Frequently Asked Questions
1) What is a public-private partnership?
In the US, the term “P3” does not have an exact definition. In the infrastructure arena, it commonly refers to a major capital project that includes any combination of joint public and private sector participation in a project’s design, construction, financing, operations and/or maintenance. WCX seeks to foster and help advance public-private partnerships in infrastructure, regardless of their exact structure, when they
- Keep assets in public ownership and
- Deliver clear public benefits above those offered by traditional financing and procurement methods.
2) What is Performance-Based Infrastructure?
Performance-Based Infrastructure is one type of public-private partnership in which infrastructure remains in public ownership and the private sector assumes the risks associated with its design, construction, financing and long-term maintenance. Another common term for this model is Design-Build-Finance- Maintain (DBFM). Key concepts in Performance-Based Infrastructure are:
- Public ownership of assets
- Partnership between the public and private sectors to allocate design, construction, financing and long-term maintenance risks to the party best equipped to address them
- Evaluation of projects based on full life-cycle costs, not just the cost of construction and
- The creation of prevailing-wage construction jobs.
While many forms of public-private partnership can provide additional public benefits, Performance-Based Infrastructure is the most likely to maximize the value of private sector participation in public infrastructure projects. These FAQs consequently focus primarily, but not exclusively, on Performance-Based Infrastructure.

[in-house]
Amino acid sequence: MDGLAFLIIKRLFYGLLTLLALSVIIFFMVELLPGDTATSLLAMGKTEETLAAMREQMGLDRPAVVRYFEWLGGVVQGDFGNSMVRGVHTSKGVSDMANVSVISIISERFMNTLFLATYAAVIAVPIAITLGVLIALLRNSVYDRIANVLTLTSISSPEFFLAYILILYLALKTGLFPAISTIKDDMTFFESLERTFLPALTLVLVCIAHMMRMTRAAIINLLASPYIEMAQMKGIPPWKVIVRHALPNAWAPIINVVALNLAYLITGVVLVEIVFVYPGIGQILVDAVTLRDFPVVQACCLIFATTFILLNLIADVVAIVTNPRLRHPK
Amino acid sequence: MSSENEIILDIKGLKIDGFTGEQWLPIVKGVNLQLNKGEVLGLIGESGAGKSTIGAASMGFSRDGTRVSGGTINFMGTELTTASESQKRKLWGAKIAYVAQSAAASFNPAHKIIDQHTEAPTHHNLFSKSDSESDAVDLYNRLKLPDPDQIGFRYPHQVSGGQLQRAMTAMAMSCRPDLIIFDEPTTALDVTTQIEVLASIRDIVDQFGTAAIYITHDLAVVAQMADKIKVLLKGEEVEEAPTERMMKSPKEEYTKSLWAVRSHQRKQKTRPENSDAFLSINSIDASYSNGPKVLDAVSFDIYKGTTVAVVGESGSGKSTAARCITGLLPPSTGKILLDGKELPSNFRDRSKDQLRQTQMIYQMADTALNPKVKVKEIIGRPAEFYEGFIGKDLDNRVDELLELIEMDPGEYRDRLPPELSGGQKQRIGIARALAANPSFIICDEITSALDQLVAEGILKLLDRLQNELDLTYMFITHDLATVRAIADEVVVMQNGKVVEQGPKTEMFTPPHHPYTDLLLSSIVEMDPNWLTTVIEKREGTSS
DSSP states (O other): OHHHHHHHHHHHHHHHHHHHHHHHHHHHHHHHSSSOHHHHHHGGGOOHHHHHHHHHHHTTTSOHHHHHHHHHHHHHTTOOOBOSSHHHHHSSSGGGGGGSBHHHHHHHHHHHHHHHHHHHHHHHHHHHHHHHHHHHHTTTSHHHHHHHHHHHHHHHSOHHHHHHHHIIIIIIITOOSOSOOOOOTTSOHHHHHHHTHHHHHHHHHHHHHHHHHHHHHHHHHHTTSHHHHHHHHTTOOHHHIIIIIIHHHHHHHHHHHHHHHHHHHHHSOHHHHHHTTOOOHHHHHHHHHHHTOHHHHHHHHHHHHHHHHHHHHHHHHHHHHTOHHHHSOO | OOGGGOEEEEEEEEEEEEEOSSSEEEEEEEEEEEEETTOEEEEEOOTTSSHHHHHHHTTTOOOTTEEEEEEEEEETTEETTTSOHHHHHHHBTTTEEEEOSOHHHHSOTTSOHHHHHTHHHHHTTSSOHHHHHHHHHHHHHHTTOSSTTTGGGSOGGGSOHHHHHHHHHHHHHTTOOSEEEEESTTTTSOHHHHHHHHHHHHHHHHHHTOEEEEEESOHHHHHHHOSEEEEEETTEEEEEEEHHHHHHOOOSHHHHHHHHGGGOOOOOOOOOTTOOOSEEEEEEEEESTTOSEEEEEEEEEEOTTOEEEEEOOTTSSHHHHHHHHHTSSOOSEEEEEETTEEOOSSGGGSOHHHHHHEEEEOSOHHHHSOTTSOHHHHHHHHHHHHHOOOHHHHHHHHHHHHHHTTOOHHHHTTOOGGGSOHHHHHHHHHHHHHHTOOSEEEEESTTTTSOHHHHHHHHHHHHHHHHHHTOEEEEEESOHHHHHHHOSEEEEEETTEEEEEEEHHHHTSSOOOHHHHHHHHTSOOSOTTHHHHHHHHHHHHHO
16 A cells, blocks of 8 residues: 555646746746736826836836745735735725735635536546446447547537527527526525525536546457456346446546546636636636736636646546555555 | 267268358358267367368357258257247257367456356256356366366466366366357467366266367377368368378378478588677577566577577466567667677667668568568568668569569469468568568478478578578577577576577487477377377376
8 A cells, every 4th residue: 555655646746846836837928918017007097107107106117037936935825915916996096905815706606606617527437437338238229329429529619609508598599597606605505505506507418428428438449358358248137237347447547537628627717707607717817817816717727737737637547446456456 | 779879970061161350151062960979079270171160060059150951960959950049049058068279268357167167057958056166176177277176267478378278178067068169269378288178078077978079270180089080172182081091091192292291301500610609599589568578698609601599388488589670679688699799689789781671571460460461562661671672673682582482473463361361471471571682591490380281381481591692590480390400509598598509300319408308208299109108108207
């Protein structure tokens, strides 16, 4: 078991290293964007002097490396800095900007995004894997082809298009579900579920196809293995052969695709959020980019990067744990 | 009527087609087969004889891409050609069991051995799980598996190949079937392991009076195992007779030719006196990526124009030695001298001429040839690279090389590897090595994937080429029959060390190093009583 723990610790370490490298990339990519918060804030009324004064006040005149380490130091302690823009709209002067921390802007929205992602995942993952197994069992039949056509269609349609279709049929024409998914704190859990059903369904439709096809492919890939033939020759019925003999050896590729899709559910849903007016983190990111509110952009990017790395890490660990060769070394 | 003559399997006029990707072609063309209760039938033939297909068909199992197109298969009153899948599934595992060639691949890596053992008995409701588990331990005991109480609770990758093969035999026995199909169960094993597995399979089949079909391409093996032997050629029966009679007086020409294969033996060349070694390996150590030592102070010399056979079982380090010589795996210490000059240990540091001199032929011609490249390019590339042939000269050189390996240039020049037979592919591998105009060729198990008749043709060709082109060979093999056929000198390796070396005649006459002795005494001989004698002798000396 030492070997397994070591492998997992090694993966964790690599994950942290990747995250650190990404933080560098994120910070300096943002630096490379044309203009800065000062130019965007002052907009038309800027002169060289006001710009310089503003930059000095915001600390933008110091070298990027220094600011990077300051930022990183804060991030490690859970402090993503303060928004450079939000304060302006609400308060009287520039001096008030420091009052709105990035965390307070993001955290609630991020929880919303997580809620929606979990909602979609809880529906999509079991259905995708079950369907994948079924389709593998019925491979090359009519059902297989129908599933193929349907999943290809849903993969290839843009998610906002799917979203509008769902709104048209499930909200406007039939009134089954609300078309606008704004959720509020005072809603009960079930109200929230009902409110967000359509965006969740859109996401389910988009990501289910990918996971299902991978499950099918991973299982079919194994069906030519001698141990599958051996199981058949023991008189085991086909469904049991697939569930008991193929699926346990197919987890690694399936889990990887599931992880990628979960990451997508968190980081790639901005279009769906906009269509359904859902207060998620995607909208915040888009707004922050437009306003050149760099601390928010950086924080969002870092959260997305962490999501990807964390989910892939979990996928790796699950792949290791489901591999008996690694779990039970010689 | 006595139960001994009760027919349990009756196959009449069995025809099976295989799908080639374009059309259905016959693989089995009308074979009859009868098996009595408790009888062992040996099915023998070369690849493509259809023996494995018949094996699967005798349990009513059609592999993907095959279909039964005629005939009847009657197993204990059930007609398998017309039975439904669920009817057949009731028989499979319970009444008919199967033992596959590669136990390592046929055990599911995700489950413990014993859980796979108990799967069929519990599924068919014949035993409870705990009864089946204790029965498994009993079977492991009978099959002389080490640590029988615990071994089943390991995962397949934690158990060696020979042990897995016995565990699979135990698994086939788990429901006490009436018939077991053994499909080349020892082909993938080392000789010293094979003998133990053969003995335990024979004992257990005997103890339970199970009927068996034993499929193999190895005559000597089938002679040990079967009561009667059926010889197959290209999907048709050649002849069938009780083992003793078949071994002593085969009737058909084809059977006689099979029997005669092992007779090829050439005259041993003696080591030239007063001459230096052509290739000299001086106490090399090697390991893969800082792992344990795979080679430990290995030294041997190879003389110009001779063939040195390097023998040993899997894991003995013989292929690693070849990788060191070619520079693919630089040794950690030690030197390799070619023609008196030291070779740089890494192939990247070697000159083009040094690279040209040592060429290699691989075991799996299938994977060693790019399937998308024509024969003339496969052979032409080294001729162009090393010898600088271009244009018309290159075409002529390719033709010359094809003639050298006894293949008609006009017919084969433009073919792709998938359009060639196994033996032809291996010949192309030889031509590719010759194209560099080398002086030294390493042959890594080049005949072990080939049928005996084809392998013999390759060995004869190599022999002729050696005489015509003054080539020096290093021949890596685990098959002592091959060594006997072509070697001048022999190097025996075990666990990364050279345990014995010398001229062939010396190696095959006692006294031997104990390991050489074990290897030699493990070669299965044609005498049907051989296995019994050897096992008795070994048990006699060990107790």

3) How does the procurement process for Performance-Based Infrastructure differ from traditional infrastructure procurement?
There are two major differences in procurement method.
First, requests for proposals for Performance-Based Infrastructure projects are framed in terms of a project’s performance requirements, not requests for the least cost to construct a predetermined set of plans. This encourages the private sector to bring its best innovation in design and construction to meet the owner’s needs.
Second, many of the risks of design, construction, financing, and long-term performance (capital maintenance costs) are transferred from the public owner to the private delivery team. The risk transfer occurs because the private sector brings financing that is at risk if it fails to perform at any point during a project’s lifecycle. This risk transfer aligns the public owner’s objective of an on-time, on-budget project that minimizes long-term costs of ownership with the private sector partner’s opportunity for gain and risk of loss. This alignment of the private sector’s incentives and the public owner’s goal is a key component of Performance-Based Infrastructure.
4) Can the Performance-Based model work with multiple infrastructure types?
Yes. Any infrastructure currently owned and maintained by the public sector could function as Performance-Based Infrastructure. Examples include, but are not limited to, roads, bridges, tunnels, drinking and waste water facilities, educational facilities and courthouses. See Question 8 below for further information on potential Performance-Based Infrastructure projects.
For complete information, view the FAQ document here.